CasinoCityTimes.com

Gurus
News
Newsletter
Author Home Author Archives Author Books Send to a Friend Search Articles Subscribe
Stay informed with the
NEW Casino City Times newsletter!
Newsletter Signup
Stay informed with the
NEW Casino City Times newsletter!
Recent Articles
Best of Fred Renzey

Gaming Guru

 

Why Can't I Make Hands Like the Blackjack Dealer Does?

7 October 2001

Three of us were sitting at the blackjack table. The dealer had a 4 up. First base stood with 13. Center field doubled down with A/6 and caught a deuce to make 19, then I stayed pat with my crummy 16. The dealer turned over a deuce in the hole for a starting total of 6, hit a 7 to make 13 -- caught an Ace to make 14 -- then another deuce to make 16 -- and finally a 5 to make 21!

As she swept the board first base moaned, "What I wanna know is, how come I can't hit cards like that?"

The dealer immediately chimed in, "It's easy from this side of the table. When I'm on your side, I can't do it either!"

That phenomenon is true, but there's a good reason why. The dealer makes more clutch hands than you do because she's forced to try. When was the last time you saw a dealer stand on 13, or on 16 for that matter? She can't. As a result, she breaks 28% of the time. But along the way she also makes a lot of hands that you and I would never have tried to make.

A basic strategy player busts his own hands only about 16% of the time. That's because he stands on so many 12s through 16s against a dealer's small card up. But that's the proper thing to do considering that you have to act first. Because of the different hand-playing strategies between player and dealer, you should expect the dealer to make more "miracle" hands. The bad thing is, so many players don't give themselves the chance to make their own miracle hands in every spot they're supposed to. Want a few examples? Here are six. Most players simply won't hit with:

3/4/2/2/A against a 2 up
any 12 against a 3 up
5/9/2 against a 7 up
3/A/3/A against a 10 up
A/2/A/2/A against a 5 up
A/7 against a 9 up

If you know your basic strategy and are on your game, you'll hit every one of these. And what'll happen when you do. To your surprise, you'll make some pretty good hands every now and then, just like the dealer does. But you have to give yourself the chance!

So the next time the dealer pulls out a five or six-card 21, before you moan, ask yourself if you would have taken as many hits as she did to get there.

NO HOLE CARD 21

That same day, another player at the table had just returned from the Caribbean Islands. "They play weird there!" he commented, "The dealer doesn't get a hole card. He gets only an up-card, then finishes his hand after everybody else is done."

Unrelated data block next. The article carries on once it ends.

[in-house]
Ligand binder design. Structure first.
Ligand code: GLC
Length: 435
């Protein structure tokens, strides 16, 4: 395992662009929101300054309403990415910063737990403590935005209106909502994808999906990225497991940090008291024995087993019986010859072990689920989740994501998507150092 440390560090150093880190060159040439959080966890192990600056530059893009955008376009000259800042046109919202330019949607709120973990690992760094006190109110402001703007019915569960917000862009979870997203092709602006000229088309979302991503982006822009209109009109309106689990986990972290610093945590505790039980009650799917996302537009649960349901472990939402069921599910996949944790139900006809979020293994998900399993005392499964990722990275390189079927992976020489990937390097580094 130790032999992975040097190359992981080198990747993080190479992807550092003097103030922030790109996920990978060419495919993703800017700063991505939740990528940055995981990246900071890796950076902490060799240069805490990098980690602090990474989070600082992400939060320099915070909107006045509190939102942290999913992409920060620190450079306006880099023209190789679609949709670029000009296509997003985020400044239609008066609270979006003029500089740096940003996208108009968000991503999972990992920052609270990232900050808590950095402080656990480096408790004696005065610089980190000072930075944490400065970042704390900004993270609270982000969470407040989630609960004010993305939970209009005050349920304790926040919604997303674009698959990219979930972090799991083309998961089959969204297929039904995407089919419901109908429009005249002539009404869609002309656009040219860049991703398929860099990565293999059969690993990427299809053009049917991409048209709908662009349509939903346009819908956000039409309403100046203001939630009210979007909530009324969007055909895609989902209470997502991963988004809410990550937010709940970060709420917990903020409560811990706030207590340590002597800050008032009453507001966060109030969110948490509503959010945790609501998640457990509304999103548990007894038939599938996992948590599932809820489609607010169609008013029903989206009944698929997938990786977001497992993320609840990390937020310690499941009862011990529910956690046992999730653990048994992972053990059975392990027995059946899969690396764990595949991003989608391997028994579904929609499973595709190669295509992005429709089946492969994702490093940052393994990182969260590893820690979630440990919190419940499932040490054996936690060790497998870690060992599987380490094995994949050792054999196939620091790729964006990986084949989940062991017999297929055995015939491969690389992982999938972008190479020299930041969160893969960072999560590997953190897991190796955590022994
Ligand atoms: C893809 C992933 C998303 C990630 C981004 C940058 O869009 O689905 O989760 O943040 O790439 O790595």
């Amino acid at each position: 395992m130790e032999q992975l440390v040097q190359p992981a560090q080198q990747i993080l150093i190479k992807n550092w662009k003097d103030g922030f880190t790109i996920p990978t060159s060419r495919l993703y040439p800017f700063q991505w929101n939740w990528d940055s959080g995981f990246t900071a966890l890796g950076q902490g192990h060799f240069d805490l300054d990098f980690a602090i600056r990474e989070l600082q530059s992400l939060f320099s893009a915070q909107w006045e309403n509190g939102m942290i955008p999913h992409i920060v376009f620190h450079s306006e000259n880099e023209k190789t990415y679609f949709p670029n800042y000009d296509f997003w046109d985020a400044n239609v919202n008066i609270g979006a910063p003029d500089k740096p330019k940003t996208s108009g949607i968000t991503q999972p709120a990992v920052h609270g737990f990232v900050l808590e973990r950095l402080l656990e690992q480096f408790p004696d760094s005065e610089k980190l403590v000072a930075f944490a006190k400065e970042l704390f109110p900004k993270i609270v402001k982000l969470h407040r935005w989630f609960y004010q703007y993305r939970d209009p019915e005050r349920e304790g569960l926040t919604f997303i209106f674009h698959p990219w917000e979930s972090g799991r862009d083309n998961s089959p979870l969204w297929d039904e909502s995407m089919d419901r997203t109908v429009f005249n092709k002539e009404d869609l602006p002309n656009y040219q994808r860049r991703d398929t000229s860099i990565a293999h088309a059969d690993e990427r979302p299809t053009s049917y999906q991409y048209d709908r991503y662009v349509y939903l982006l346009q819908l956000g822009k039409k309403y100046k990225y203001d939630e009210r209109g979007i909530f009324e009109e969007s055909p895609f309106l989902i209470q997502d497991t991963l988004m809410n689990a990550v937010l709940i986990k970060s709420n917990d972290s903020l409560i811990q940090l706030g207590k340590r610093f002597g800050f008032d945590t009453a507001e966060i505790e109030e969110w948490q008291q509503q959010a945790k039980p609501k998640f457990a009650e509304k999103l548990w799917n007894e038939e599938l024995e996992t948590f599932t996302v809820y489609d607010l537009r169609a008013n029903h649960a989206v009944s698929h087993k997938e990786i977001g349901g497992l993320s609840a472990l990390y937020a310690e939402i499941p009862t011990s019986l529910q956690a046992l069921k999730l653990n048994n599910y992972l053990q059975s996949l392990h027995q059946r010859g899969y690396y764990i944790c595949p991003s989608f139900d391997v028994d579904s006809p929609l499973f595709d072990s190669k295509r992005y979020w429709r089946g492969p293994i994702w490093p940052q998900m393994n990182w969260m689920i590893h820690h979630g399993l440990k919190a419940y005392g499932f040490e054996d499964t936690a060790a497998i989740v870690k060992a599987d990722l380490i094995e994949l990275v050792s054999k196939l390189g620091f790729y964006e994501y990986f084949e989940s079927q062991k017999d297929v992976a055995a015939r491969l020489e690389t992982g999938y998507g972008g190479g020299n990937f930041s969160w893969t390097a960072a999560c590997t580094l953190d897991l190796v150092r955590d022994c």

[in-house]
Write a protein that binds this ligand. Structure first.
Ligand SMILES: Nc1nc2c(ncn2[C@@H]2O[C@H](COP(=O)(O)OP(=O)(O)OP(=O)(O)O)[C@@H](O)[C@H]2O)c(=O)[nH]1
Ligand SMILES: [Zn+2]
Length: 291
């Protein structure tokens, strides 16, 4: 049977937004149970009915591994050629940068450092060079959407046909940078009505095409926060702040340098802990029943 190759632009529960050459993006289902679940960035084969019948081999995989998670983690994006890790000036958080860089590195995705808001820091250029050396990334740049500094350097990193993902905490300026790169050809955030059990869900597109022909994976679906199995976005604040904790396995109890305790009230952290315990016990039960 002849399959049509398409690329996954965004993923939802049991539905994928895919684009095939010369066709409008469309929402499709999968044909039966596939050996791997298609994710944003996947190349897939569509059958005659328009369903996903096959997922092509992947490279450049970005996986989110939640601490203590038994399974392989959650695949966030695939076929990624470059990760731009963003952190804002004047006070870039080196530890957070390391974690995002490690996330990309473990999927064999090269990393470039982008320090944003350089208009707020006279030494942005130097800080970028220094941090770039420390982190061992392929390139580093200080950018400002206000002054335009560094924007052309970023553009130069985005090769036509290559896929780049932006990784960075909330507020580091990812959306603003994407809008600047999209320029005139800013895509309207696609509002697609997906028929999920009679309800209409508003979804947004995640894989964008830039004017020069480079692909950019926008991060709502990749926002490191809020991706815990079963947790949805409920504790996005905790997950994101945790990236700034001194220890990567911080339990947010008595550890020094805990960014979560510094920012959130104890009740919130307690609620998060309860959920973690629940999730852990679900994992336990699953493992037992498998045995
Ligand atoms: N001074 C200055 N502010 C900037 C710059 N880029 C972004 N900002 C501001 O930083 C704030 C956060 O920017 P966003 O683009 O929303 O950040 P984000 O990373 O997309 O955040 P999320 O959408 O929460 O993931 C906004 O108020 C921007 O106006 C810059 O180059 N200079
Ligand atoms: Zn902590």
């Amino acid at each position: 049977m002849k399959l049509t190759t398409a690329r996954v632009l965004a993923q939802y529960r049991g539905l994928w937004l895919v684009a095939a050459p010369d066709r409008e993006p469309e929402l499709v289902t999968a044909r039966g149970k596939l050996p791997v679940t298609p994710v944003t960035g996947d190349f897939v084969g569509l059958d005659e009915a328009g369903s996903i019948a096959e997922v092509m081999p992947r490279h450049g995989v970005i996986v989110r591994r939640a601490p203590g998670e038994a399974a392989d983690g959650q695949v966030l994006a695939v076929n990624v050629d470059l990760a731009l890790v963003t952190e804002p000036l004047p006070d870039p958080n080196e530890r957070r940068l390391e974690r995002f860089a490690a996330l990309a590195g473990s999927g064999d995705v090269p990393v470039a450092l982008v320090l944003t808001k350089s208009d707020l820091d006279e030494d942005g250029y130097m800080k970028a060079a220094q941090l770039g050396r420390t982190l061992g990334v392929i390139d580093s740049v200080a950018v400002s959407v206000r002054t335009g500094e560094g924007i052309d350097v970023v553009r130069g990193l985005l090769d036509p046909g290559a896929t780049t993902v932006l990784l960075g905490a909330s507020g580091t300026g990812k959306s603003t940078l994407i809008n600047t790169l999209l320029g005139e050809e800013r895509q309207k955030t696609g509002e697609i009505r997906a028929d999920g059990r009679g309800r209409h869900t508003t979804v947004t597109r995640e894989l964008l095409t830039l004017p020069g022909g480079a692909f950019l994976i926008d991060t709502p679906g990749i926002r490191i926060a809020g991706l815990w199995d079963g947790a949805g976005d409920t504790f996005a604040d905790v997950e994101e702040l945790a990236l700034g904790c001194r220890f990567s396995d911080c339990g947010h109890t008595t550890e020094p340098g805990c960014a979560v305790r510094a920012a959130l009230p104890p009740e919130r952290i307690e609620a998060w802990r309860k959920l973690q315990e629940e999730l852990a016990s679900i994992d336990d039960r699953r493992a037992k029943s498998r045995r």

That concept isn't new. In fact it's pretty standard in Europe. For that reason, many players call it "European 21." Be careful however -- there's a significant difference between true European blackjack and regular "No Hole Card" blackjack.

With traditional European rules, if you double with 11 against a face-card and the dealer turns out to make blackjack, you lose your doubled bet! The same happens with split pairs. If that's the case, you shouldn't double with 11 against a 10, nor should you split 8s against a 10 or Ace -- nor split Aces against an Ace. That format costs 0.13% off your game even when played perfectly.

It's different in most U.S. and Caribbean casinos where they either don't give the dealer a hole card -- or don't check beneath a 10 to see if there's an Ace in the hole. There you lose only your original bet if you double or split against a dealer's subsequent blackjack. Your second bet gets returned to you. When it's done that way, there's no difference at all and you should play your standard basic strategy. Here's why there's no difference.

Let's say you're playing alone at the table and double with 11 against a 10 up. You catch a 6, then the dealer pulls an Ace out of the shoe to give herself blackjack. You must understand that the 6 and the Ace were just as likely to come out in reverse order as the way they actually came -- and both events will happen just as often as each other. Hence, the odds are the same as if she'd taken her hole card before you doubled. And since your second bet gets returned when she makes blackjack, nothing's changed.

Fred Renzey
Fred Renzey is a high-stakes, expert poker player. On a daily basis he faces--and beats--some of the best players in the country in fierce poker room competition. Now for the first time, Renzey offers his perceptive insights on how to play winning poker. For Fred's 13-page blackjack booklet "Ace/10 Front Count", send $9 to Fred Renzey, P.O. Box 598, Elk Grove Village, IL, 60009

Books by Fred Renzey:

> More Books By Fred Renzey

Fred Renzey
Fred Renzey is a high-stakes, expert poker player. On a daily basis he faces--and beats--some of the best players in the country in fierce poker room competition. Now for the first time, Renzey offers his perceptive insights on how to play winning poker. For Fred's 13-page blackjack booklet "Ace/10 Front Count", send $9 to Fred Renzey, P.O. Box 598, Elk Grove Village, IL, 60009

Books by Fred Renzey:

> More Books By Fred Renzey